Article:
Aircraft Storage: Kingman Airport’s Legacy

By Scott Spangler on September 12th, 2016

Day9-36Following the airport signs posted along the historic path of Route 66 added some welcome surprises on the journey from Chicago to Santa Monica, but several airports were predetermined destinations. One of them was Arizona’s Kingman Airport (IGM). Built on 4,145 acres of Mohave County in 1942 as Kingman Army Airfield, it started service as an aerial gunnery school. I first read about when I was a brand new teenager, in Hollywood Pilot, Don Dwiggins biography of Paul Mantz. It is where Mantz bought the half dozen B-17s he needed for his work on Twelve O’Clock High, released in 1949.

Aircraft storage areas have long fascinated me because of the silent, unspoken history presented by the aircraft that populate. This fascination probably grew out of that scene in The Best Years of Our Lives, 1946’s Best Picture winner about the post-war lives of four World War II servicemen. In my mind’s eye I can still replay the scene where Dana Andrews, a bombardier, relives the horror of combat while wandering through a seemingly endless field of B-17s. That scene was filmed at Ontario, California, one of six post-war storage and sales and scrapping sites established by the Reconstruction Finance Corporation to dispose of nearly 120,000 aircraft the government no long needed. Seventy years have passed since these centers opened, and I didn’t expect to find any of their winged charges hiding in some forgotten corner, but I was curious to see if some trace of that legacy remained.

Day9-39Following the signs to Kingman Airport, the pavement gave way to gravel. Affixed to the expected chain link fence was a sign for Kingman Airline Services. On the other side was a hangar, clearly built during World War II, still in use by the FAA repair station. And parked on the ramp were dozens of airliners wearing the graphic livery of several airlines. Like the military aircraft that preceded them, their ultimate fate was unclear once they had been stripped of the useable spare parts that would keep their active make-and-model siblings airborne for a few more years.

Research refreshed my memory of why the high desert was ideal for aircraft storage: little precipitation, dry air, and a soil ph that slowed the process of aging and corrosion on metal and rubber. But aside from the old hangar still in use, there were no other signs that told of the airport’s contribution to aviation. The Kingman Airport website said that the Kingman Army Airfield Historical Society was established to preserve the field’s history with artifacts, photos, and displays, but there was no mention of where they were, if any, and during my ride-around no signs pointed to any such location.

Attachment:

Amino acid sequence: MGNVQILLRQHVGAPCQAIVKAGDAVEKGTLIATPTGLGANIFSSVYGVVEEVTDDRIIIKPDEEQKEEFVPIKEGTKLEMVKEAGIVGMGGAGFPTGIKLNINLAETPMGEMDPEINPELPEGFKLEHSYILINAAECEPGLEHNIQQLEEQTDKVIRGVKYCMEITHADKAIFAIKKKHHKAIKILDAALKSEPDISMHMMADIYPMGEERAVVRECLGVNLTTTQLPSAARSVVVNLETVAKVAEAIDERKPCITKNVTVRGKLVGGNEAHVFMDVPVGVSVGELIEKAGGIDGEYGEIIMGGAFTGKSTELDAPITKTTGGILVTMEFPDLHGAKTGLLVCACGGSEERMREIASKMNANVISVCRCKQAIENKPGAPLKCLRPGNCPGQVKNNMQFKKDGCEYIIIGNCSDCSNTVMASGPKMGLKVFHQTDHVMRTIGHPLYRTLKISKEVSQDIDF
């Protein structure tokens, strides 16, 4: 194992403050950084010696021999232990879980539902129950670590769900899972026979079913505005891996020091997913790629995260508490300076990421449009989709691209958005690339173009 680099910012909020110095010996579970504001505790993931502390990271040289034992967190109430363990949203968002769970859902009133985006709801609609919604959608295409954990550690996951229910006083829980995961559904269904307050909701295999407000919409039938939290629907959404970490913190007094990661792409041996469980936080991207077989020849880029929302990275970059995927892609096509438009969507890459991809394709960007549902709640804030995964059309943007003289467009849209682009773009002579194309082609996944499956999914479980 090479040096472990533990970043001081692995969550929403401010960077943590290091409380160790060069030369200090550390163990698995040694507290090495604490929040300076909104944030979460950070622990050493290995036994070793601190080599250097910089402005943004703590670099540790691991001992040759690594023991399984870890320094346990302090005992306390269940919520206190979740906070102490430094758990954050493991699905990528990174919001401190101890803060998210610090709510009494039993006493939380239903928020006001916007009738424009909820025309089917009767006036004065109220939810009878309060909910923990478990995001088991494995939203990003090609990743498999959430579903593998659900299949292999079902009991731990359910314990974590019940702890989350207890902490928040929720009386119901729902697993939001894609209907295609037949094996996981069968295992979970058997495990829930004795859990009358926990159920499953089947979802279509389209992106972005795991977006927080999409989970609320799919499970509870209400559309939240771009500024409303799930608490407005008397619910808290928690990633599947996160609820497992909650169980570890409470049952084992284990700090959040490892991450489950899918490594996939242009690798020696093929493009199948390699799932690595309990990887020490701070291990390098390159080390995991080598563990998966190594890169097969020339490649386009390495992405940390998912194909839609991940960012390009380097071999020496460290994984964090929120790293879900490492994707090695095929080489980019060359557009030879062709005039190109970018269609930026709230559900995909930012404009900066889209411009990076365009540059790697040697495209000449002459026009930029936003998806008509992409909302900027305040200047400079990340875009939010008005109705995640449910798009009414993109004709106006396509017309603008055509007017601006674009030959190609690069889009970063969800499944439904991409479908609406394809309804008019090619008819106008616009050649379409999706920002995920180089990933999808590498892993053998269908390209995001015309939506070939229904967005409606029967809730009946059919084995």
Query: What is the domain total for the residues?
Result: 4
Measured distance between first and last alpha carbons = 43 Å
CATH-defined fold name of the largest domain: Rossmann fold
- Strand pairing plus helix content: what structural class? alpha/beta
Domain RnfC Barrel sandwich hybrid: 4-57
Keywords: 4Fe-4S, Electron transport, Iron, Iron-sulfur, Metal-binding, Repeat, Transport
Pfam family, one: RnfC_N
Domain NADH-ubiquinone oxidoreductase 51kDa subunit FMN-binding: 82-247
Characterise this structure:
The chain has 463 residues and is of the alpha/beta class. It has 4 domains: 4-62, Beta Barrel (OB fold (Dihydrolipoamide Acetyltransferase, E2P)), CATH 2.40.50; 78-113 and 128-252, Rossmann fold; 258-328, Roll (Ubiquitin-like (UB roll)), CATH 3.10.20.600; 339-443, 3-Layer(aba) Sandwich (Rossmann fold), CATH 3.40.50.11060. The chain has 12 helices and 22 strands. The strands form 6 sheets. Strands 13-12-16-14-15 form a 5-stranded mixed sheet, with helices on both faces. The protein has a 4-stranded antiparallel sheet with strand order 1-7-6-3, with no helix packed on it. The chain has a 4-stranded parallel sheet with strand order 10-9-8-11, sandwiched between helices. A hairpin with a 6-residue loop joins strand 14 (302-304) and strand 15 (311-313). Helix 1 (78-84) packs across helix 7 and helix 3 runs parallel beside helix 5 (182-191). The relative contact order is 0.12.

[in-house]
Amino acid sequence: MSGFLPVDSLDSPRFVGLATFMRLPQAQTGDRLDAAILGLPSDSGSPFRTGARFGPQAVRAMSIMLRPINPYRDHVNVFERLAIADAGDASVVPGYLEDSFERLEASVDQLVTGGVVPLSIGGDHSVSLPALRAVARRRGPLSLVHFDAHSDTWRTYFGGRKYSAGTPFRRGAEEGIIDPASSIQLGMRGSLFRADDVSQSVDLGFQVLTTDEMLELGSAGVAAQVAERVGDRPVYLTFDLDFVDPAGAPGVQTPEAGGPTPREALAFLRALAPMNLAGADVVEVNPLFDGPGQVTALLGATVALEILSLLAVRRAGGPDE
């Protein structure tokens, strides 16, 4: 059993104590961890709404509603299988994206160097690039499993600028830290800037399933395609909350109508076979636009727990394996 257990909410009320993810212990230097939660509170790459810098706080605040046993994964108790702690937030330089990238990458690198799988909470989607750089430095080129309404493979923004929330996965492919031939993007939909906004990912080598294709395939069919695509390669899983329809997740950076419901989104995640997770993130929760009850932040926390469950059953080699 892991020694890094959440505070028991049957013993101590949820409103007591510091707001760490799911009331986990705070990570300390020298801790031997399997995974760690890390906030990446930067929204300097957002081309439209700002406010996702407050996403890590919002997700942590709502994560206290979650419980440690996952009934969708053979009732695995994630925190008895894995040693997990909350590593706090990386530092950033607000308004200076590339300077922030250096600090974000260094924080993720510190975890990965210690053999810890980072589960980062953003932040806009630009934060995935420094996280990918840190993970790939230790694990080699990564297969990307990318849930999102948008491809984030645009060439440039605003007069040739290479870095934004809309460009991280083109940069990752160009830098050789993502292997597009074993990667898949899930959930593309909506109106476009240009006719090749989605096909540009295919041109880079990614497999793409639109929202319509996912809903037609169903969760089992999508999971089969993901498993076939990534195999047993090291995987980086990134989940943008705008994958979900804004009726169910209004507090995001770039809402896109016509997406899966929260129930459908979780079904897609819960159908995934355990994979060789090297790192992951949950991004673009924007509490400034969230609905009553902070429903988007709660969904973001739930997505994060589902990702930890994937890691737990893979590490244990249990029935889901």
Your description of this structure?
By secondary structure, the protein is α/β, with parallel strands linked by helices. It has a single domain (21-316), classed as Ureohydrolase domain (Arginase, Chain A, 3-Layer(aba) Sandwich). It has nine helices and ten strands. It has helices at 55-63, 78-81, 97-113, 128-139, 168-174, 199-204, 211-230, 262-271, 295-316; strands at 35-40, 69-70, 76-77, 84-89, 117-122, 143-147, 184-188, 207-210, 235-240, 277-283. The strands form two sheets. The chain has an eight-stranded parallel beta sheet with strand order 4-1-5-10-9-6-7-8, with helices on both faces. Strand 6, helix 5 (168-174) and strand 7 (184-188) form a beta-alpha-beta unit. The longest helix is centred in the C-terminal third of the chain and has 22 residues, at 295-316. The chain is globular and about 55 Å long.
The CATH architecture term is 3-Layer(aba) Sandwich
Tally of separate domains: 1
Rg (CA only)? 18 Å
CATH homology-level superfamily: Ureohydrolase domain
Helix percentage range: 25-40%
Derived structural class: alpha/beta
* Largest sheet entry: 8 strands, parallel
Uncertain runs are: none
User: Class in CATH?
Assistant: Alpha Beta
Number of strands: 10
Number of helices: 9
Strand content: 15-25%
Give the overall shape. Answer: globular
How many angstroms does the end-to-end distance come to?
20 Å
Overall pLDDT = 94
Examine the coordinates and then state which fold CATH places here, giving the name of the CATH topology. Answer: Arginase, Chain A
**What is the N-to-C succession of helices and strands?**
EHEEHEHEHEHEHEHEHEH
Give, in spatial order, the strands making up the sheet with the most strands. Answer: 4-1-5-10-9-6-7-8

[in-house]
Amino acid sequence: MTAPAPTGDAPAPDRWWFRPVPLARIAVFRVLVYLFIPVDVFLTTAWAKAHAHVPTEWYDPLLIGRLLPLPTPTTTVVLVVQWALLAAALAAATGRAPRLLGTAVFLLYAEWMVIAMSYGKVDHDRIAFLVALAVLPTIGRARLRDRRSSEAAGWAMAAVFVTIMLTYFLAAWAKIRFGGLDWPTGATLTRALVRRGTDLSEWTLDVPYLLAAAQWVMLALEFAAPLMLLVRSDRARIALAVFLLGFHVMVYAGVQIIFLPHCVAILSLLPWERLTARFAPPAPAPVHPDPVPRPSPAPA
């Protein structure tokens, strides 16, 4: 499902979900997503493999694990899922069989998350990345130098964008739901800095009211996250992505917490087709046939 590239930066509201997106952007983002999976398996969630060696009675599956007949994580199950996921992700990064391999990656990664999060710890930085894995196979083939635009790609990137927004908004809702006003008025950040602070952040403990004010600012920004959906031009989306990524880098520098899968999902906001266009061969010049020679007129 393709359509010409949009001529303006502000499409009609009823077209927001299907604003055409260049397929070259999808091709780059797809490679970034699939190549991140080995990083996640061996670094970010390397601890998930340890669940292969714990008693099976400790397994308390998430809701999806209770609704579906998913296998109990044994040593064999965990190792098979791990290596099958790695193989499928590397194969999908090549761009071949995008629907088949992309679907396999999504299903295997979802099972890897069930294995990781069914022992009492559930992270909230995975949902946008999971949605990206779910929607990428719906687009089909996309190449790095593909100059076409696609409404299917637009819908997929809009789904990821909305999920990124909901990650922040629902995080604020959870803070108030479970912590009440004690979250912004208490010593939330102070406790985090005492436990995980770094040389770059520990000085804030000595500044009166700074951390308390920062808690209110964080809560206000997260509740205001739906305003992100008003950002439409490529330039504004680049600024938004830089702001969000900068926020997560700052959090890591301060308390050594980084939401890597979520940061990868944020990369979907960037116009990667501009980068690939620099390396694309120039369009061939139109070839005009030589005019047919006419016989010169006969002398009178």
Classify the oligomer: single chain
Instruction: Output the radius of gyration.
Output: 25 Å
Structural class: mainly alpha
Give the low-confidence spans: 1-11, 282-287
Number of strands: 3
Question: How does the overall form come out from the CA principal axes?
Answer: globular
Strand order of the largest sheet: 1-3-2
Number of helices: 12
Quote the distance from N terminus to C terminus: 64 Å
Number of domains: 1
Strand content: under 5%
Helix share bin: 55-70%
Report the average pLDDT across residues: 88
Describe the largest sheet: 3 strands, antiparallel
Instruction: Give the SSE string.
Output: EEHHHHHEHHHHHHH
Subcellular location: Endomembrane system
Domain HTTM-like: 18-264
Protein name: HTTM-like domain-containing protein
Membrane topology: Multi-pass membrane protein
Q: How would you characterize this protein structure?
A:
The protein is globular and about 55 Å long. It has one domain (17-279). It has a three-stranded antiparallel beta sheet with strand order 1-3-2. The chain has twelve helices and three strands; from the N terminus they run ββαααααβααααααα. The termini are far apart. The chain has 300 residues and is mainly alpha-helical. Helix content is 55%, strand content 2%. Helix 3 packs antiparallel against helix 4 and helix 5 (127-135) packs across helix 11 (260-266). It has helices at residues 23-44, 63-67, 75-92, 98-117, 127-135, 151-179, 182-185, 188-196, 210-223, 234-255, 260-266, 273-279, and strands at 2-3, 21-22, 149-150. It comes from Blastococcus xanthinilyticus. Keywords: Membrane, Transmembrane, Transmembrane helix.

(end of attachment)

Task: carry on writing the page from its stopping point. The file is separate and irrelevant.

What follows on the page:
Day9-44Now, like the veterans who gave them life, the aircraft that fought World War II are now few in number. But they are respected and admired by anyone with even the slightest knowledge of their contribution. But what about the airfields that were their wartime homes? During World War II the United States built hundreds, if not a thousand or more airports to support the war effort. It would be a safe assumption that most of them are still active aerodromes, but few know of their prior service, and that is a shame. Without them, the contributions of the veterans and the aircraft they flew that we now lionize would not have been possible. It seems unfair that these facilities, which continue as priceless components of the national airspace system, are not recognized for their decades of service to past, present, and future of aviation. –Scott Spangler, Editor

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5 Responses to “Aircraft Storage: Kingman Airport’s Legacy”

  1. Aircraft Storage: Kingman Airports Legacy Avjet News Blog Says:

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  2. Jim Elco Says:

    There is a museum located in the Kingman Airport complex. I has artifacts of the war time crafts. There are also a few other tourist attractions in the complex, a Distilling Company that makes bourbon and a Import/Export business.

  3. Ray Mathews Says:

    Great little resturant on the field for breakfast and lunch.

  4. Ray Says:

    The museum at Kingman has closed for lack of interest and participation. This is a shame and an indication of our current population lack of concern for our history that made America the country we used to be.
    There was an auction to empty the museum hangar. I bought a few models and a display cabinet now a minnie museum in my own hangar with my 70 year old Swift. Also acquired a few aviation maps from the 40’s and 50’s.

    Try to go to the toy store and buy your kid a nice little airplane set, especially military. You will not find much, if anything. Many fantasy toys not of the real world are available.
    Us old pilots are just living in the past in a soon to be nonexistent space called light airplane general aviation where it all started.

    Ray
    Crop duster, Stearman
    Naval combat Aviatior carrier pilot, retired O6
    Continental Captain, retired, 9 type ratings
    Corporate G-1159, GIV
    Hobby pilot instructor with a Swift.
    Soloed 1957!

  5. M. Albert Says:

    I enjoy these old airfields as well. Wendover is a favorite as a close friend used to fly his B-25 into Wendover. However, there is another field with a WWII paratrooper reenactment group that holds school twice a year.

    Visit when you can and live the way they did in 1942.

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